Edited to Add:
Most of what I was discovering at this stage would be perennial throughout my deployment. The fraud waste and abuse in the Afghan National Army was truly amazing. It was difficult to convince them that there is another way to do things. They believed that we were doing exactly the same thing but that we were just particularly proficient at hiding it.

Everyone's a comedian

This is the shower variant of the MRAP
The brand new police compound America paid for.

Our fat little General (with the helmet and bulging flak vest) motivating his troops, note the inspiration.

Sunday, October 28, 2012

Month 2 Day 28

Notebook entry
Talk to kandak [battlion~1000 in theory] intelligence officer, no money ever offered for sources, thinks the [Afghan] Brigade intelligence officer stole it. Happy with Marines, see every day, 18 people come for class with Marine Intelligence Officer, Legacy-good relationship, Meeting with the Colonel-General want to meet provincial governor, Colonel want to meet General Petraus on Monday, missing aircraft transport Leatherneck to Kabul. Legacy needs Requests for information.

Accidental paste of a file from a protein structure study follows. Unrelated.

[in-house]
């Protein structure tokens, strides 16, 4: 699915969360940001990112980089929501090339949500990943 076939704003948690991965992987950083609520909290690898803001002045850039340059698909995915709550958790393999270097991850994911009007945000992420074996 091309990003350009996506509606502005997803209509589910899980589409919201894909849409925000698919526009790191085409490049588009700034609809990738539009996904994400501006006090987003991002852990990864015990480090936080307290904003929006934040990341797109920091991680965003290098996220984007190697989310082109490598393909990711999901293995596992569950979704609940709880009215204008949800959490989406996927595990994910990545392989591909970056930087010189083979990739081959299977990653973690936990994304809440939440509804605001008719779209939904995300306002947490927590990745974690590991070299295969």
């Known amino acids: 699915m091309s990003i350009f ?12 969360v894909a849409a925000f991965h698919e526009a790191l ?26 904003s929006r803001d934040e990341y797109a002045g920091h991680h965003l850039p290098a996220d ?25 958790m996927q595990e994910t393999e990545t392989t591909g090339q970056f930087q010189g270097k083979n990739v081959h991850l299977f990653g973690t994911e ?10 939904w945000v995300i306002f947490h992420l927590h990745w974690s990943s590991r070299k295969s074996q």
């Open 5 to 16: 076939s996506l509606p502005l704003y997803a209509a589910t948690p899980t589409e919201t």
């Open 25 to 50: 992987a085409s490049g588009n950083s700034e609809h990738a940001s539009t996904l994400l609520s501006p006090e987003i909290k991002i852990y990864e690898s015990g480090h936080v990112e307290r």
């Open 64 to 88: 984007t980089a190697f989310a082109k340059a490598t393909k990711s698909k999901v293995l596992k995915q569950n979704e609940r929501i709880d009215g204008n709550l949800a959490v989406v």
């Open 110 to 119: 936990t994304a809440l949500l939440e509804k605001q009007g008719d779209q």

Saturday, October 27, 2012

Month 2 Day 27

Notebook entry
Captain Samir meeting, one report given regarding an IED in Marjeh, one verbal report 18 fighters in Garmsir, worked on plotting map points.

Friday, October 26, 2012

Month 2 Day 26

Notebook Entry
Capt Samir Drinks non-potable H2O

Journal Entry